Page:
Daily Doodad Detox

As Mark Twain, I've marveled at Clutter Addiction's tragic comedy: Families drowning in boxes, homes turned labyrinths, and the simple cure—ditch a doodad daily to escape the cardboard jungle and maybe, just maybe, find your tea set again.

Daily Doodad Detox

written by 

jaron summers (c) 2024


As Mark Twain, or as I’m occasionally mistaken at parties, Samuel Clemens, I’ve seen many a peculiar thing in my time, but none so absurdly tragic as the American spectacle of Clutter Addiction.

It’s a peculiar malaise, one that I might’ve written about, had I not been too preoccupied with the Mississippi and human folly.

Let me narrate to you the extent of this curious affliction, in tales so outlandish, they could only be true in the spirit of human folly.

Firstly, there was the case of the Thompson family, who, in their zeal to organize, bought so many storage containers they had to rent another house to store the containers. The irony was not lost on them, but their living room was, quite literally lost, as they couldn’t find it anymore.

Then, consider the plight of the Widow Jenkins. She bought so many decorative boxes to contain her knick-knacks that the boxes became the knick-knacks. Her home became a museum of boxes, each empty yet full of potential. Guests were given tours, but alas, never invited back, for there was simply no room to entertain.

Lastly, let’s not forget the Andersons, whose collection of unused storage solutions reached such a peak that they inadvertently built a labyrinth. Their cat, Mr. Whiskers, was the only creature able to navigate the maze, becoming the unintended Minotaur of this modern-day Crete.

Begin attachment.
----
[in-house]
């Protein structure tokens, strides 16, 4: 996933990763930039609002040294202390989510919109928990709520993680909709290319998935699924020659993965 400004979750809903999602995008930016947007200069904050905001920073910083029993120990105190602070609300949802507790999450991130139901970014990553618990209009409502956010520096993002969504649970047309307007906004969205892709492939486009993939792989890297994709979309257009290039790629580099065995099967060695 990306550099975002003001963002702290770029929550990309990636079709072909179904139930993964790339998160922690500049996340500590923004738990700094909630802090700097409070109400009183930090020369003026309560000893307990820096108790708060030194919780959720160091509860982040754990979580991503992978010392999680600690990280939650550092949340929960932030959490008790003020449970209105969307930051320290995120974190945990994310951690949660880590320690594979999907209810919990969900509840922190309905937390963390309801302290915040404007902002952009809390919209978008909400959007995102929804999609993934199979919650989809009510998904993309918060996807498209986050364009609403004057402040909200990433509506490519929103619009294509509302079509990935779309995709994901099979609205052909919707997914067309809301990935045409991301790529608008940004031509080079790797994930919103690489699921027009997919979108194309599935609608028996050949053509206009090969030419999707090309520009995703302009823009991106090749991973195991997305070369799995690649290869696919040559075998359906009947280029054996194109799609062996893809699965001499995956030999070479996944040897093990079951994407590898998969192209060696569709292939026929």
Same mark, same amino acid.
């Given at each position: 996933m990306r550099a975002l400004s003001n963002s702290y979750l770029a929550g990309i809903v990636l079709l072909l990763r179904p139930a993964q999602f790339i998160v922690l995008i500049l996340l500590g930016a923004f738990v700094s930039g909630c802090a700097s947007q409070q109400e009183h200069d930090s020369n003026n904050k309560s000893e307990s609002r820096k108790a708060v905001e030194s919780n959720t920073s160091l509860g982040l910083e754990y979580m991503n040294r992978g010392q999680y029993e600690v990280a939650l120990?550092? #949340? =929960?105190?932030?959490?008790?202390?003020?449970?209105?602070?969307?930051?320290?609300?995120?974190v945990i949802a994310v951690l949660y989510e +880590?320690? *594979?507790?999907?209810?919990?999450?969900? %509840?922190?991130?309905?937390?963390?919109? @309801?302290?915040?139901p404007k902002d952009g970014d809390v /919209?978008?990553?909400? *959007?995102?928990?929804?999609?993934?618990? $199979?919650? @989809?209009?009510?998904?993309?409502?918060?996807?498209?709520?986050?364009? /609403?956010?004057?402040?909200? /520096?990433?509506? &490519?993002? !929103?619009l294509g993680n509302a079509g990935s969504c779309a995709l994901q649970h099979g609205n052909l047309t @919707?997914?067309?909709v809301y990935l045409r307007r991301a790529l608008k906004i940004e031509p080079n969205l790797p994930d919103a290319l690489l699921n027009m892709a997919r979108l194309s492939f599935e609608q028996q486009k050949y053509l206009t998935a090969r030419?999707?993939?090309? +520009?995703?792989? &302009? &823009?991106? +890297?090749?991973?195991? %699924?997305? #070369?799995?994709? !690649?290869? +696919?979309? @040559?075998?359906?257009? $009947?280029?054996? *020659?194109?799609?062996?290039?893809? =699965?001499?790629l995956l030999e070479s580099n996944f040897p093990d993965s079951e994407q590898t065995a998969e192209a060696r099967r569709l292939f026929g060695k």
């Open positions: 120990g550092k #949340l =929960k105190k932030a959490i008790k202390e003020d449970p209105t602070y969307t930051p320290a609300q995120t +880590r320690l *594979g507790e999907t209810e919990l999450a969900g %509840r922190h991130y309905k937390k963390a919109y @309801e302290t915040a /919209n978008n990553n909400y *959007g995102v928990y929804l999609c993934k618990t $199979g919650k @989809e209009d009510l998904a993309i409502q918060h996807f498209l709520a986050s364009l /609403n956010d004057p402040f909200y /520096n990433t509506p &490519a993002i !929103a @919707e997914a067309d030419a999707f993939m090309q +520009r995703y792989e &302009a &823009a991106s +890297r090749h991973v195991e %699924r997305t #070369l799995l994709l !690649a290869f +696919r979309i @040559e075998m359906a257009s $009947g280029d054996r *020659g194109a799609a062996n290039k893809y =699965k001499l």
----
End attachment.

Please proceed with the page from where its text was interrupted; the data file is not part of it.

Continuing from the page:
Family gatherings ceased, for fear of relatives becoming permanently lost within.

Ladies and gents, I’ve had a lightbulb moment in the autumn of my life, and it’s as clear as the nose on your face: Let’s put a full stop to snapping up those wicked boxes and bins, okay? How about we dive into an epic saga – flinging out one piece of rubbish daily. Imagine the buzz, the sheer euphoria as you wave goodbye to your third backup toaster that’s been gathering dust.

Now, don’t beat yourself up. This chaos didn’t appear overnight. It’s like the slow demise by a thousand paper cuts.

It all kicks off with a trigger. And that trigger? A deep-seated urge to buy, hoard, or even pilfer empty boxes.

Each time you get the itch for another box, recognize that alarm bell. HALT. Chuck out something that’s gathering cobwebs, something you haven’t touched in a millennium.

By the time we hit New Year’s Eve, you’ll have tamed your abode from the grips of havoc, and who knows, you might just clear a path to host a quaint tea party with the neighbors – that is if the clutter beast hasn’t gobbled up your tea set.

So, as we draw the curtain, my fellow clutter-busters, let’s vow not to be the architects of our own mess.

Let’s break free, one trinket at a time. Stop the madness of acquiring more vessels to bury treasures you’ll never see again.

Let’s howl in defiance at the mountain of stuff, and arm in arm, stride into the dawn of a clutter-free realm. Because, let’s face it, life’s way too fleeting to be spent playing archaeologist in your own living room under a landslide of storage bins.

Ponder on this–no container; no clutter. Evict one, and you evict the other!



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Jaron Summers wrote dozens of primetime television and radio programs, including those for HBO, CBS, ACCESS TV and CBC. He conceived the TV and Film Institute of Canada. Funded by the University of Alberta and ITV, Jaron ran the Institute for 12 years, donating his services for a decade.

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